I really, really love these little persons.  And I can't wait to see the life they have ahead of them.

Friday, August 19, 2011

What to bring when camping with kids

I actually used this article when I set up my camping bins.  I think it's an excellent starting place, and there's not much I can improve on what she shares.  

Some things that I keep in the checklist in my planner, though, that we learned the hard way we needed:

- Large multi-gallon water jug with spout, bought at nearly any grocery store.
- Collapsible cups for the kids (can buy at Target or camping supplies stores). I make each of them a different color.
- Baby wipes. Oodles of uses.
- We have a toddler- toilet that we bring for Simone to use, and just take out the "bowl" that goes in it.  Same idea as squatting in the woods, but she can do it by herself.
- Mason  jar for the camping matches
- Fully charged battery for camera, and an extra memory card
- Flip video camera and spare batteries
- Fleece hats, wool socks, and long-johns - especially in shoulder-season, when it can turn cold at night.  Cold children are cranky children, in my experience.
- Several bottles of pump-top hand sanitizer, in case there isn't water at your site
- Many, many, many more socks than you think you'll need for the kids.  Dry socks are a must.
- Rain boots.  Then if it rains, the next day is fun for them - not a muddy disaster.
- I bring 3 sets of shoes for the kids: rain boots, easy on/off shoes for outside the tent, and tennis shoes or hiking shoes for walks.  For adults, we just omit the rain boots - although I think I want some too. :)

Hope that helps! 

Friday, August 12, 2011

Camping Supplies

I posted logistics in another posting, but this is the run-down of our favorite camping supplies.  For those of you who requested the post, let me know if I've missed anything of interest.

Cots: Go-kots.  They have children and adult sizes.  We have the adult-sized with the therm-a-rest pads; they children have the kiddie version.  They fold up about the size of a long Sunday newspaper, and are quick to assemble. I'm a huge fan of this product, and the company.  Steel frames have a lifetime guarantee.

Sleeping bags: All 5 of us have the LL Bean, flannel-lined.  I like the variety of colors - so they're easily distinguishable, and the kids can have their favorite color. :)

Pillows: I love our pillows.  They're the flannel camping pillow from LL Bean, and they stuff tightly into a little sack.  They're surprisingly adequate for a comfortable night's sleep, for how small they stuff.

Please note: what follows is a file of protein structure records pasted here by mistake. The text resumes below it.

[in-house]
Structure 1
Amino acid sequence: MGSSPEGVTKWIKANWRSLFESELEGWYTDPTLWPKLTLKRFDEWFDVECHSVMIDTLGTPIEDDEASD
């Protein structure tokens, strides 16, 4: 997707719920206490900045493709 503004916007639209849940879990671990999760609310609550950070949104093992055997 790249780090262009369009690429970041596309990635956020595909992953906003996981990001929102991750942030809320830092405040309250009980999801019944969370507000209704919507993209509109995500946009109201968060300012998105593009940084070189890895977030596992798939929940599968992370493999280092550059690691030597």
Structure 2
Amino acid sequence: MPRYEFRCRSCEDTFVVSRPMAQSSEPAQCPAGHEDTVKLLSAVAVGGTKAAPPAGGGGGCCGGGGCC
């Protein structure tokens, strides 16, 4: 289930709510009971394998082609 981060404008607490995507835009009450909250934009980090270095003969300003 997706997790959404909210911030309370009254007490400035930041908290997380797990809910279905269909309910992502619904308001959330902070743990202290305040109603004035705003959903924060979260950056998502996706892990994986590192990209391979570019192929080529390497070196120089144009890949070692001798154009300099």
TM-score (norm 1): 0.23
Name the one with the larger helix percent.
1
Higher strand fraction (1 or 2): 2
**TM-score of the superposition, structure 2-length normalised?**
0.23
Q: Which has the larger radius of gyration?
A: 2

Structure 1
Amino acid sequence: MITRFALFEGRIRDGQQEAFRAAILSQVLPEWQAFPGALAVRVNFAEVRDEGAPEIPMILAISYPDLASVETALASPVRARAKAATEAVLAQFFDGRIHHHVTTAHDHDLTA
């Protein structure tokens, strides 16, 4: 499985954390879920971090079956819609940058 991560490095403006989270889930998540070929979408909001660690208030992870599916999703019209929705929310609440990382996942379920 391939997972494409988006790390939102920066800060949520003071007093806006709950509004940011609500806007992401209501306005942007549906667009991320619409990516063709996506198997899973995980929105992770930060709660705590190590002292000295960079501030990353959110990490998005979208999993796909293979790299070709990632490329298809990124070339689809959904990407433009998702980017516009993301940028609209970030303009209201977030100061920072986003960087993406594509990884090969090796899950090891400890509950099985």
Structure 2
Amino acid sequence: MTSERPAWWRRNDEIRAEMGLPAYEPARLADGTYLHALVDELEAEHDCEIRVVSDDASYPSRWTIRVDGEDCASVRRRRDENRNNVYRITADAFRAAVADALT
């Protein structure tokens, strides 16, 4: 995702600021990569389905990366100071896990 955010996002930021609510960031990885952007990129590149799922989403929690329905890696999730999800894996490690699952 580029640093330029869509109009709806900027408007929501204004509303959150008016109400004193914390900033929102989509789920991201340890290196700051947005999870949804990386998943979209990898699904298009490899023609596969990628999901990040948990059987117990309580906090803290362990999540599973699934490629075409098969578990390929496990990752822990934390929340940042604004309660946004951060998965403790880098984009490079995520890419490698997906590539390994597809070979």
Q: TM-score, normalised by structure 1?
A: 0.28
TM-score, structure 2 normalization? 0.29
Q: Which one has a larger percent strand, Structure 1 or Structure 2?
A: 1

Fly Trap: Yes, it doesn't quite rank up there with the tent and sleeping bags, but this thing is so amazing that it bears mentioning. It really works!

If you have something else you'd like mentioned, let me know!  

Happy trails.

Camping with kids

What I love about camping with kids is how much it's naturally suited to them.  Getting dirty, exploring new places, climbing trees.  I find parenting much easier when we're camping than days we spend at home.  That said, there are logistical things that make the camping process go better for us.  Here are things we've found helpful:

Before We Go
  • We enjoy reading children's books about camping.  I just do a search for "camping" at the library and come home with a big stack of them.  
  • Practice camping if you haven't gone before.  Either set up the tent in the backyard or the living room.  Gives the parents a chance to set up the tent, but also, the kids can get used to the tent.  We have a family rule about "respecting the tent" - no dangling off poles or crashing into walls - so the practice round lets the kids get used to that. :)
  • The practice round also lets you see if there's anything you need to buy before you go.  We've learned that all the kids needed good cots, sleeping bags, and camping pillows.  The more comfortable they are, the better we all sleep.
  • The first time camping, I *highly* suggest it's one close to home.  When we went with tiny ones, we were only 15 minutes away.  
  • Make a packing list for the kids - using words for readers, or pictures from a magazine for pre-readers.  Shoes, how many socks, etc.  
  • We like packing into storage tubs and not duffel bags.  They're better if it rains, and easier for the kids to sort through them.  
  • Ask children for their input on food.  My kids would live off s'mores at a campground if they could, but once I assure them that's written down, they come up with great ideas for other foods as well.  Making a fun outing to buy the food builds anticipation too.

At The Campground
  • Some families have kids carry a whistle, and you can buy them cheaply.  At our kids ages, we make sure we can always see them, and require the Buddy System.  
  • We make sure that every child is involved in the set-up and take-down of the tent, sleeping bags, etc.  They certainly vary in their ability, but all of them feel involved.  
  • You know those foam, colored "swim noodles" at Target? You can make a slice down half of it, then slip it over the wind-ties that anchor the tent.  I can't tell you how many times I tripped over those at night before finding a solution.